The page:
Aloe perfoliata L.
Mitre Aloe, Rubble Aloe
Aloe perfoliata, also known as Aloe mitriformis, is a hardy clustering succulent that forms groups of rosettes in small colonies. Instead of making upright stems, in its natural habitat, the plants have prostrate, branching stems up to 6.6 feet (2 m) long. Leaves are fleshy, thick, often curved inwards, and bluish to dark green or red. The leaf margins have small harmless, white to yellow teeth. Flowers are dull to bright red and appear in summer on branched stalks.
USDA hardiness zone 9b to 10b: from 25 °F (−3.9 °C) to 40 °F (+4.4 °C).
How to Grow and Care
Aloe is a very forgiving plant, and a well-grown plant can be quite beautiful. As with all succulents, it's essential that Aloe is never allowed to sit in stagnant water, and the plant should be carefully monitored to watch for signs of overwatering.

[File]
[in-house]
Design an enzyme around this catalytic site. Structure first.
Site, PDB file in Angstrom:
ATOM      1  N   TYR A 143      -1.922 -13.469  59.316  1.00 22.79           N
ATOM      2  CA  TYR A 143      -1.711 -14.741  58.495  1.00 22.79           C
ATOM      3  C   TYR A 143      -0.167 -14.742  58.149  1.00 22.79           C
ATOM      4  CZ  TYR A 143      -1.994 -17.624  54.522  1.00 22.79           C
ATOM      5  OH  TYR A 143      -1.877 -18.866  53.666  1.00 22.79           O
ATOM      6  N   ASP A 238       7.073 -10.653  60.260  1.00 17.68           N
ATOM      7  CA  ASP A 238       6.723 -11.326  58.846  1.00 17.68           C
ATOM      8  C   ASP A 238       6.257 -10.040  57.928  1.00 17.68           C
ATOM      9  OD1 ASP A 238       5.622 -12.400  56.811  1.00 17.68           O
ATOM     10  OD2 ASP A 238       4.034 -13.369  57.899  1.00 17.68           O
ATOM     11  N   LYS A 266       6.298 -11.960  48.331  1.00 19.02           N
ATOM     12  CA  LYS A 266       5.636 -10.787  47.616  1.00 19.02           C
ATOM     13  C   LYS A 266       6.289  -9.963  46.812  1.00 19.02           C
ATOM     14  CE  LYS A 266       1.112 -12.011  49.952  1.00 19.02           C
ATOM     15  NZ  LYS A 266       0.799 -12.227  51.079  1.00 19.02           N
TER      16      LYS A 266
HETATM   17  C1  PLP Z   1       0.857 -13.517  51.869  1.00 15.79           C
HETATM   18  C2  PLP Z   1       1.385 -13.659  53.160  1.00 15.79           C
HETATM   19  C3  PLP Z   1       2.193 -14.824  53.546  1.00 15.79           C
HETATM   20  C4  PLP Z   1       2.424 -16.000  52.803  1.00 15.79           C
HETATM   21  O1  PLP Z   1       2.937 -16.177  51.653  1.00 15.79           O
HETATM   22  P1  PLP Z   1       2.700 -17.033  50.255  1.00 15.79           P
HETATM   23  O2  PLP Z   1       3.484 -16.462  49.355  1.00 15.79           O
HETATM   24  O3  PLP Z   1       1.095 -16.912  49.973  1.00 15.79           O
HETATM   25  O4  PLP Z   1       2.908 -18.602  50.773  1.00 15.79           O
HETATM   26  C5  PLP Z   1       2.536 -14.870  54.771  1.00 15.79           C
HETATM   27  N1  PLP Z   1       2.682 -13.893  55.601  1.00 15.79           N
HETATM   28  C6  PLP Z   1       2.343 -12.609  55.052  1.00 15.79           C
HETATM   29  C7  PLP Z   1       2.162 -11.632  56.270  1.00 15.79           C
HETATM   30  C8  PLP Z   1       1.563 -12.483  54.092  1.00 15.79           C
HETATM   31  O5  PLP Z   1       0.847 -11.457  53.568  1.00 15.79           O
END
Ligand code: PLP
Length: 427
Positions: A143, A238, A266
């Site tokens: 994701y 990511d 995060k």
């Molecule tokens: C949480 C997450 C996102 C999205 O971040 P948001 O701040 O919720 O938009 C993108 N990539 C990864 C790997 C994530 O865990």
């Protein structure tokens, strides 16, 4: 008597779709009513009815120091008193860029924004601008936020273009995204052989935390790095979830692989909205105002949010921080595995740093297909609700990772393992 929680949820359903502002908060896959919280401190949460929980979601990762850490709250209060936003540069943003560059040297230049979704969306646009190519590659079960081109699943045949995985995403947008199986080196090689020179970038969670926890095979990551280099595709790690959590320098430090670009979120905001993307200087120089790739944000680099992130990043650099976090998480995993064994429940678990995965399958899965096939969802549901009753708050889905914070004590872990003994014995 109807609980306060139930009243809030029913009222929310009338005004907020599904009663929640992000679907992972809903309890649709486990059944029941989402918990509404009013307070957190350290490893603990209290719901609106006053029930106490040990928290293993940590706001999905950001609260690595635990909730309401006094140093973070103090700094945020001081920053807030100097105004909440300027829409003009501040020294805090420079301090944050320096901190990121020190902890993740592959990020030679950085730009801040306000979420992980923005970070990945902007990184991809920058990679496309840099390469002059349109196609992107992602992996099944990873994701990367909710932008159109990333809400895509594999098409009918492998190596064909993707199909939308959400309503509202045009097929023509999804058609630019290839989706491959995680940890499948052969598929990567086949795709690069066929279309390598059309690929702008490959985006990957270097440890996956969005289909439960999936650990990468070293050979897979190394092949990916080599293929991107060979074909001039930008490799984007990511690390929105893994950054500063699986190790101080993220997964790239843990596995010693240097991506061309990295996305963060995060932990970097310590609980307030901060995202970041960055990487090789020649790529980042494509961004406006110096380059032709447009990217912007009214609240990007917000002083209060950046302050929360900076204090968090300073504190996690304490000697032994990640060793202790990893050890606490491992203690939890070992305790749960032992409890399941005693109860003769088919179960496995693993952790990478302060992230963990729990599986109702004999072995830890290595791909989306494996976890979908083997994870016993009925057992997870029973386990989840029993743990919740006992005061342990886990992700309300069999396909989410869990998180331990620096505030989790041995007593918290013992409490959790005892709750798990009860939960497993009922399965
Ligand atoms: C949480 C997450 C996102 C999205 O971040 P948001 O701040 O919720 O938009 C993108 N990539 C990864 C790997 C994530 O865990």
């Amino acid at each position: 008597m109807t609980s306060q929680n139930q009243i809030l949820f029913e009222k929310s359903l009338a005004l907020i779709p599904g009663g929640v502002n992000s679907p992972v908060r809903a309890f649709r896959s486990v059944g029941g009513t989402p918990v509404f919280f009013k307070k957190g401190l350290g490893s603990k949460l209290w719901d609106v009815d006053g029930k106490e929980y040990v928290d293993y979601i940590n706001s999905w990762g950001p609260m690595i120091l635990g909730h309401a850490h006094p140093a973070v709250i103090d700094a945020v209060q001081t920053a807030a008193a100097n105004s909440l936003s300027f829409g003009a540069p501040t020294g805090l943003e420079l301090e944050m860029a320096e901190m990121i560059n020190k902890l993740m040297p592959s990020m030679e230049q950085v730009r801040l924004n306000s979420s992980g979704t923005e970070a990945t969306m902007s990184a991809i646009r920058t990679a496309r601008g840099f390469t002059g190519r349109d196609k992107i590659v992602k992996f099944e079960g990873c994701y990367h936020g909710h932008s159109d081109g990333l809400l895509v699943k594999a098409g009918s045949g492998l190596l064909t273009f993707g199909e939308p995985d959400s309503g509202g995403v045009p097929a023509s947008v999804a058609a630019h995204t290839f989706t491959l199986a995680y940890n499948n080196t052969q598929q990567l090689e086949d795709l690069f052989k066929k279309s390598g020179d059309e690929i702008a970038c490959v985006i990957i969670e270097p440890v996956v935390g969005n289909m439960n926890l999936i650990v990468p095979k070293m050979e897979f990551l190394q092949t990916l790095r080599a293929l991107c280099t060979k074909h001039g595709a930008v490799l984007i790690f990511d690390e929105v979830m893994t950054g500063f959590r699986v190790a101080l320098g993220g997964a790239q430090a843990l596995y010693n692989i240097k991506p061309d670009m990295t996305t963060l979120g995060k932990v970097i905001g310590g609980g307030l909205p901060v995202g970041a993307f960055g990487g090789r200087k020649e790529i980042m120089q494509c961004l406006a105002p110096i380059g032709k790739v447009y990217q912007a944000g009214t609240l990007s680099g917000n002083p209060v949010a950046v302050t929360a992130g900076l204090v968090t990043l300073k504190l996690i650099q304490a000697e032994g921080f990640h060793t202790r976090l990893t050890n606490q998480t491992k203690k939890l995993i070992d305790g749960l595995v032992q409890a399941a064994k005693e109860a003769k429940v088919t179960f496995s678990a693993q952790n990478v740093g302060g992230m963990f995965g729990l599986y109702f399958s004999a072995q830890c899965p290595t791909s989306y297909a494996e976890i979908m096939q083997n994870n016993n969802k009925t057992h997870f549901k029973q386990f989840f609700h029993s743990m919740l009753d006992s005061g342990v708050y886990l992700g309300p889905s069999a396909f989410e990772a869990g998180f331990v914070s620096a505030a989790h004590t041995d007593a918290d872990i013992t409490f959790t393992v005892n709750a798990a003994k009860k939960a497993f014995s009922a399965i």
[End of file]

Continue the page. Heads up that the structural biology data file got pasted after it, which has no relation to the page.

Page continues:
Aloes are not particularly fast-growing and will only rarely need repotting. Repot plants in the spring that are tipping over their pots or have ceased growing. Use a fast-draining potting mix with one-third sand or pebbles. During the repotting of a larger plant, it is possible to carefully divide the root ball. Some kinds of Aloe will send off off-sets that can be potted independently.
These succulents need intense, bright light. They can withstand full summer sun, once acclimated. In the winter, provide bright light. It prefers warmer temperatures of 70 to 80 °F (21 to 27 °C) but will survive down to 40 °F (4.5 °C). Feed with a cactus fertilizer in the summer only. Suspend feeding in the winter as the plant goes dormant. See more at: How to Grow and Care for Aloe
Native to the Western Cape and some adjacent areas in the Northern and Eastern Cape of South Africa.
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